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Relationship Matters

Relationship Matters


How to keep your eyes fresh and heart open in all your relations

I met my wife on the dance floor seven years ago in Dublin. A weekend dance workshop called Wild Prayer with my conscious dance teacher Cathy Ryan. At that point in my life, I was only a few months out of a three-year relation­ship that didn’t succeed. I was still recov­er­ing and learn­ing how to come back to myself. Little did I know what would happen a few minutes after the workshop began.

When enter­ing the dance floor, my eyes went all over the place, scanning the room, some people I knew, a few were strangers, but I was mainly search­ing for those who were perhaps attrac­tive to me. So while dancing, I was basically uncon­scious entirely in my agenda, my head took over, but fortu­nately, this state of mind didn’t last long.

When I realised what I was doing, or my little mind was doing, I remem­ber telling myself, “Are you here to practice or search for a new relation­ship?”. The answer was a clear no. Realis­ing the pattern and naming it for myself helped me let go of my head and dive back into my body, and then I felt a gentle pull call me to go deeper inwards.

A few minutes later, I noticed the presence of another dancer next to me. I saw a beauti­ful pair of feet dancing nearby when I opened my eyes. The pull inwards trans­formed outwards. And shortly after dancing with those feet, I looked up and saw the most beauti­ful soul dancing with me. Seven years later, with three kids and lots of pleas­ant times and challeng­ing moments, I am still very grate­ful for this magical moment on the dancefloor.

The eyes as a gateway.

I am sharing the moment I met my wife, not just for the joy of its roman­tic magic. I am sure every couple has their spark moment of seeing each other for the first time. I want to focus today on the eyes as a gateway to connect with our deeper selves and others.

Our eyes, through which we see the world, filter how we experi­ence life. What we see with our eyes is trans­lated first as signals that the brain trans­lates into colours, shapes and textures. Then the mind starts the analytic process of naming and tagging, and at last, comes the judging. The concep­tual mind criti­cises the vision in terms of beauty and ugly, good, bad, likes, don’t like, inter­ested or not, and other more sophis­ti­cated commen­taries which come later when the ego is well developed.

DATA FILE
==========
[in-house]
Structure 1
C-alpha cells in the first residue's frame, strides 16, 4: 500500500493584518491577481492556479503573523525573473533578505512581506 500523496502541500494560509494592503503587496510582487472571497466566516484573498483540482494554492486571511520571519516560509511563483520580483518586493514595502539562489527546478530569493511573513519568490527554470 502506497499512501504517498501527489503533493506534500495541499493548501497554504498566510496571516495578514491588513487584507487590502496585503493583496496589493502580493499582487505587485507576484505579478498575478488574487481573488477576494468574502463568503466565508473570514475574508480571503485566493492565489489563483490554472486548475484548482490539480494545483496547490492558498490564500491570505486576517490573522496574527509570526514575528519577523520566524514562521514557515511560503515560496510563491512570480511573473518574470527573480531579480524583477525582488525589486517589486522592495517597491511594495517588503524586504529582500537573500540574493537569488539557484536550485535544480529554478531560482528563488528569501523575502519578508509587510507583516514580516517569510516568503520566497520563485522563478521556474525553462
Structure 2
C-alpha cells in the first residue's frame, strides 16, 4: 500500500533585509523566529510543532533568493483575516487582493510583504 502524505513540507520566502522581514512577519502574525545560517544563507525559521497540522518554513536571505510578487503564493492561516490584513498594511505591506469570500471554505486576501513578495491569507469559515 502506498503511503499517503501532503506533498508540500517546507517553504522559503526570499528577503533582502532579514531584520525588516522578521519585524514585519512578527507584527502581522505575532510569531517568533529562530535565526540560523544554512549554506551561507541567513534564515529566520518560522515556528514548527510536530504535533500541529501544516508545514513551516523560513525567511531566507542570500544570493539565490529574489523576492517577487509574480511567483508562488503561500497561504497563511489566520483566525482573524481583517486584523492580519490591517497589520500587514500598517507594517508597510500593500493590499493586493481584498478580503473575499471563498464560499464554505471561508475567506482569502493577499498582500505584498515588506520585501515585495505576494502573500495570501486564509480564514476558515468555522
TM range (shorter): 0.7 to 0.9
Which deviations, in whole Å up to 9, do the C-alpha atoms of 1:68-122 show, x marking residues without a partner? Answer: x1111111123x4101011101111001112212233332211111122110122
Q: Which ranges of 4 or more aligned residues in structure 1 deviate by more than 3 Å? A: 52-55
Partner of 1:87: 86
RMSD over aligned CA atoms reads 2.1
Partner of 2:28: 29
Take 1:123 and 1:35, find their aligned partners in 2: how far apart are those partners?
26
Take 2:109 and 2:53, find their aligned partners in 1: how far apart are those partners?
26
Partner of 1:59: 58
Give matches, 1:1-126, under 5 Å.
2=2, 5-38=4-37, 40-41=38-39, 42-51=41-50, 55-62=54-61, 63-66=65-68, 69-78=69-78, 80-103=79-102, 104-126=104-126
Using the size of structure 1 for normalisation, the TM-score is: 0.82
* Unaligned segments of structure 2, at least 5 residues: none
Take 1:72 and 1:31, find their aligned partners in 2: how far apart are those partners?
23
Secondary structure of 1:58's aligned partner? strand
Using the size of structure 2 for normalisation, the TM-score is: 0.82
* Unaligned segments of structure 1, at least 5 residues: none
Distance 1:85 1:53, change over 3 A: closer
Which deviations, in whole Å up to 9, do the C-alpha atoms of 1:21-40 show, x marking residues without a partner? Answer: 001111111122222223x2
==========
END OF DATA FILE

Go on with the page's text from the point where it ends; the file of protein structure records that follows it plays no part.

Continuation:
It was not like this all the time.

When I show my year and a half old twins a flower, tree, a stone or anything new, I let them experi­ence it as much as possi­ble before telling them how we name it. Naming and taking is a spirit killer or the mystery of life.
For us adults, the egoic mind kicks in so fast that we miss this magical moment of simple impres­sion. We know every­thing so quickly that there is no space for a naive impres­sion. When we experi­ence a new sight with fresh eyes and a naive view before the mind rushes in with stories, we open a space for the magic of life. This gap or crack is where love lives.

We always meet on a soul level.

I remem­ber my wife remind­ing me whenever challenges appear to us, that we met on a soul level, on the dance floor, and that we should always go back there when overwhelmed with ‘things’. It is true that when we are dancing, even for a few minutes in our kitchen, our unique­ness is more likely coming out and showing itself, and we recon­nect. I believe that every­one meets on a soul level. The only differ­ence is that our mind is quieter when we dance or when we are simply aware of our deeper dimen­sion, where the soul has a safe space to be present.